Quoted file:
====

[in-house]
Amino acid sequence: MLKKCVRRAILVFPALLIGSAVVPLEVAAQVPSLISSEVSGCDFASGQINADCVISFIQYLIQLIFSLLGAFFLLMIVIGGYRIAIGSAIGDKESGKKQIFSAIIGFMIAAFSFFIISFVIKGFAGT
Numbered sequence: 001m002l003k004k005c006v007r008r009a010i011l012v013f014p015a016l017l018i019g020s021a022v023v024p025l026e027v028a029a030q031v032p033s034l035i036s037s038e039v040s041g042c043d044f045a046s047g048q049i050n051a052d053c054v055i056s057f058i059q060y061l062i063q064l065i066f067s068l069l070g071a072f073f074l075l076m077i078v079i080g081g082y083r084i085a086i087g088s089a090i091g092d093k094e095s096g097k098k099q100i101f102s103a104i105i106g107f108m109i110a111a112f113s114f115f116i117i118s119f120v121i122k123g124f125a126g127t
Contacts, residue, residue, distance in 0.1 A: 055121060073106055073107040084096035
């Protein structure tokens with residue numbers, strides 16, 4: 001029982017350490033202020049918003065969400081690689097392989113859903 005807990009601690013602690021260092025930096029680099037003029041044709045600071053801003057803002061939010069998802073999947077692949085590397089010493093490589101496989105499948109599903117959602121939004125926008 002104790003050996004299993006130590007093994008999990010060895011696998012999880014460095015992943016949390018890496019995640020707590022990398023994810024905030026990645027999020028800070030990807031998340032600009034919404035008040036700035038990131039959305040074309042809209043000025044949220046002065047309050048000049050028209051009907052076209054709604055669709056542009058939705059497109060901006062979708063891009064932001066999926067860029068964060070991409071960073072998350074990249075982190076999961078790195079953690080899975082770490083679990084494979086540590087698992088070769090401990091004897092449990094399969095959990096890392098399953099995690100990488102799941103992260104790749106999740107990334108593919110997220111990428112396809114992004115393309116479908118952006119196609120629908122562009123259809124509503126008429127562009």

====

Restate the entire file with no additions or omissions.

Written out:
[in-house]
Amino acid sequence: MLKKCVRRAILVFPALLIGSAVVPLEVAAQVPSLISSEVSGCDFASGQINADCVISFIQYLIQLIFSLLGAFFLLMIVIGGYRIAIGSAIGDKESGKKQIFSAIIGFMIAAFSFFIISFVIKGFAGT
Numbered sequence: 001m002l003k004k005c006v007r008r009a010i011l012v013f014p015a016l017l018i019g020s021a022v023v024p025l026e027v028a029a030q031v032p033s034l035i036s037s038e039v040s041g042c043d044f045a046s047g048q049i050n051a052d053c054v055i056s057f058i059q060y061l062i063q064l065i066f067s068l069l070g071a072f073f074l075l076m077i078v079i080g081g082y083r084i085a086i087g088s089a090i091g092d093k094e095s096g097k098k099q100i101f102s103a104i105i106g107f108m109i110a111a112f113s114f115f116i117i118s119f120v121i122k123g124f125a126g127t
Contacts, residue, residue, distance in 0.1 A: 055121060073106055073107040084096035
């Protein structure tokens with residue numbers, strides 16, 4: 001029982017350490033202020049918003065969400081690689097392989113859903 005807990009601690013602690021260092025930096029680099037003029041044709045600071053801003057803002061939010069998802073999947077692949085590397089010493093490589101496989105499948109599903117959602121939004125926008 002104790003050996004299993006130590007093994008999990010060895011696998012999880014460095015992943016949390018890496019995640020707590022990398023994810024905030026990645027999020028800070030990807031998340032600009034919404035008040036700035038990131039959305040074309042809209043000025044949220046002065047309050048000049050028209051009907052076209054709604055669709056542009058939705059497109060901006062979708063891009064932001066999926067860029068964060070991409071960073072998350074990249075982190076999961078790195079953690080899975082770490083679990084494979086540590087698992088070769090401990091004897092449990094399969095959990096890392098399953099995690100990488102799941103992260104790749106999740107990334108593919110997220111990428112396809114992004115393309116479908118952006119196609120629908122562009123259809124509503126008429127562009």